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Vettori’s performance against Adesanya in 2018 gave some hope—much of it false—to his opponents going forward. After a tentative first two rounds, Vettori easily took over the third with a wrestling-heavy performance. However, that wound up being a pivot point for both fighters. It was the last time Adesanya’s wrestling defense was easily exploitable and almost marked the last fight before Vettori’s pressure stylings fully clicked. In his five-fight undefeated streak since the first Adesanya encounter, Vettori’s performances have been marked by constant aggression and an unwavering commitment to moving forward and throwing volume. Strong wins over Cezar Ferreira and Andrew Sanchez set up Vettori as a prospect to watch heading into the coronavirus pandemic, but it was a quick win over Karl Roberson roughly a year ago that seemed to truly put him on the map as a future contender. “The Italian Dream” still seemed a few wins away from top-shelf status, but that shot came sooner than anyone would have figured. Vettori stepped in on late notice to earn a main event win against Jack Hermansson in December, then dominated Kevin Holland just two months ago. Between the one-sided win and some fortuitous timing, Vettori is now in a position to give Italy its first UFC champion.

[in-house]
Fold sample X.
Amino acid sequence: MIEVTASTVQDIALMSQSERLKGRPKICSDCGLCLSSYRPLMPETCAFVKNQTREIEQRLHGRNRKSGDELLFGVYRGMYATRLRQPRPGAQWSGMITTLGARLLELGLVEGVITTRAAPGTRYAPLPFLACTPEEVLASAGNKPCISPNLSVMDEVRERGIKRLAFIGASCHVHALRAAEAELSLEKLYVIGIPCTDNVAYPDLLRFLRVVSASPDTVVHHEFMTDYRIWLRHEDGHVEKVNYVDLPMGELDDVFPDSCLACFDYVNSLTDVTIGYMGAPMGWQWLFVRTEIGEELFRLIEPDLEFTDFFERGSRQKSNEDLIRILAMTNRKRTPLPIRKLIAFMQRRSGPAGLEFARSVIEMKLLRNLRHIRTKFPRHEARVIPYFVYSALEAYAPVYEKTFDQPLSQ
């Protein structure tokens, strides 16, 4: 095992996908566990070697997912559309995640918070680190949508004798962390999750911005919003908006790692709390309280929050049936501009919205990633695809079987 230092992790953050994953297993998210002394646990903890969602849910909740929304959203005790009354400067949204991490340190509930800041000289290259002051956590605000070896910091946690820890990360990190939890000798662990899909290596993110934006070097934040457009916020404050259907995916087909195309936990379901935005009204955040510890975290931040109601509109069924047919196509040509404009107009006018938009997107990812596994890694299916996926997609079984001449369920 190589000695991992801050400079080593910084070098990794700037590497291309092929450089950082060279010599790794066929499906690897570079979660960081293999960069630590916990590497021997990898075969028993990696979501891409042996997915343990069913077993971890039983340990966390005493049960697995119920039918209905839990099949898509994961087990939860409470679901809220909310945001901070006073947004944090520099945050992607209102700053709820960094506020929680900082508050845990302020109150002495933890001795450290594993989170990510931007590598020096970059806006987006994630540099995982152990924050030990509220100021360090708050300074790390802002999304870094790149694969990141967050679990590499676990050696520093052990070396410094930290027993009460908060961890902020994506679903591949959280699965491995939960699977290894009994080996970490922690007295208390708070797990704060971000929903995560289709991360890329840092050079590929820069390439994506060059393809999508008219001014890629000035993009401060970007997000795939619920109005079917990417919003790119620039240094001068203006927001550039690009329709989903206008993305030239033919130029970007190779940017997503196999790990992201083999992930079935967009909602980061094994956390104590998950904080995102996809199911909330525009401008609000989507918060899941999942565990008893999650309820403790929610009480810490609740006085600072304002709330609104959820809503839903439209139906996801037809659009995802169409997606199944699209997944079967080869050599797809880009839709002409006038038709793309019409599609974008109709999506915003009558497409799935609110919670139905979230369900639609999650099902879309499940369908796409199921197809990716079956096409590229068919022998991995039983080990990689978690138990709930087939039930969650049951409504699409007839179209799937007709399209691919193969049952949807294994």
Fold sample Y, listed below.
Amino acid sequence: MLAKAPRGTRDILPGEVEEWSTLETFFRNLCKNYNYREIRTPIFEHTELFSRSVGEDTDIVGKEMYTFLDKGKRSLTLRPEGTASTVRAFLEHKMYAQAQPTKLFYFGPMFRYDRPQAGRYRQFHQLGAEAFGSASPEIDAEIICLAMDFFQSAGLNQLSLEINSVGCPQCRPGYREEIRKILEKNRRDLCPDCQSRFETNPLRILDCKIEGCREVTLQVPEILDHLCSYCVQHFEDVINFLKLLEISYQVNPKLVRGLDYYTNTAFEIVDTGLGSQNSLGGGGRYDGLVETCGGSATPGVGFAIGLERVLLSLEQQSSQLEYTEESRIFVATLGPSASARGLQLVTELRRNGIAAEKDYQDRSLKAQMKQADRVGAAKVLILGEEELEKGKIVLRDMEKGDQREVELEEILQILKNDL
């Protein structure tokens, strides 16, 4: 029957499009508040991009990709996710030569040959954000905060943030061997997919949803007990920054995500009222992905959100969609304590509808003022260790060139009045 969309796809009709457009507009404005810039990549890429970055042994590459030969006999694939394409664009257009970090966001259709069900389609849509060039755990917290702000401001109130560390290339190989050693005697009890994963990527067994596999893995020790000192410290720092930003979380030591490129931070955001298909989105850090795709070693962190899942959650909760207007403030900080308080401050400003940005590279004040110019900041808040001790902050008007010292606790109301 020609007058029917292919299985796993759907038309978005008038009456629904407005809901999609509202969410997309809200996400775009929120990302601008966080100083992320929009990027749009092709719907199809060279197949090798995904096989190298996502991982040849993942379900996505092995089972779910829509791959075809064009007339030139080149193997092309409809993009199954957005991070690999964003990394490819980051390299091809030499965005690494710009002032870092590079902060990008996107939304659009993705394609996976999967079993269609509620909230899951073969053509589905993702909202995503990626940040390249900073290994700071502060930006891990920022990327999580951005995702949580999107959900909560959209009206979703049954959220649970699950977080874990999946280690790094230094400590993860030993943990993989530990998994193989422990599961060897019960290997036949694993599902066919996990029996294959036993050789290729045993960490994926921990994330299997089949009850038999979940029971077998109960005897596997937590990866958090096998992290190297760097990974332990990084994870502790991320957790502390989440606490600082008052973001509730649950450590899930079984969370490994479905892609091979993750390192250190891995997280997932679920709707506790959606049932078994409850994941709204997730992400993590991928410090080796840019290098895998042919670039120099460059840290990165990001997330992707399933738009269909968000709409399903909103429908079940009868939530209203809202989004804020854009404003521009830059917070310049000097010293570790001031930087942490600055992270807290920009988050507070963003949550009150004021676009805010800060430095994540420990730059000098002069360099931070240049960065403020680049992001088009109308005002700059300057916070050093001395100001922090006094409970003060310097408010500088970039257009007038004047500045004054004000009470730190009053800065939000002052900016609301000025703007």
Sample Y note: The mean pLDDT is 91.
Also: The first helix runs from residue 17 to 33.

There is a chance this becomes a fun war in the vein of Adesanya’s fight with Gastelum, but this generally looks like a chance for the middleweight champion to rebound with a strong performance. Romero and Blachowicz brought out the worst in Adesanya by refusing to give him much to work with and instilling some fear in the Kiwi whenever he tried to lead the dance. Vettori’s approach is just about the exact opposite. Vettori’s wrestling—and Adesanya’s takedown defense—is the first obvious question about this fight, as the Italian figures to force that issue from the jump much more than in their first fight. At this point, Adesanya has shown solid enough defense—against middleweights, at any rate—that it is hard to see that as a consistent path to victory, whether it is the challenger being unable to get the champion to the mat or unable to hold him there. Vettori will not get quite as wild with his form as he did in their first fight, but the volume he throws should provide enough for Adesanya to counter and hit back with the harder shots. For as much strength and power as he seems to have behind everything, the elephant in the room is that Vettori simply has not been a striker with finishing power, which should give Adesanya more than enough confidence to implement and flow with his preferred style. Even if Vettori has some success, his one-sided win over Holland came with its own concerns, as he looked uncharacteristically gassed by the end of five rounds; while it was atypical, it also does raise the worry about how his gas tank will fare on just a two-month turnaround. Vettori seems inhumanly durable, so there is a solid chance he survives 25 minutes of abuse, but he will probably wind up taking a lot of it particularly in the championship rounds. The pick is Adesanya via clear decision.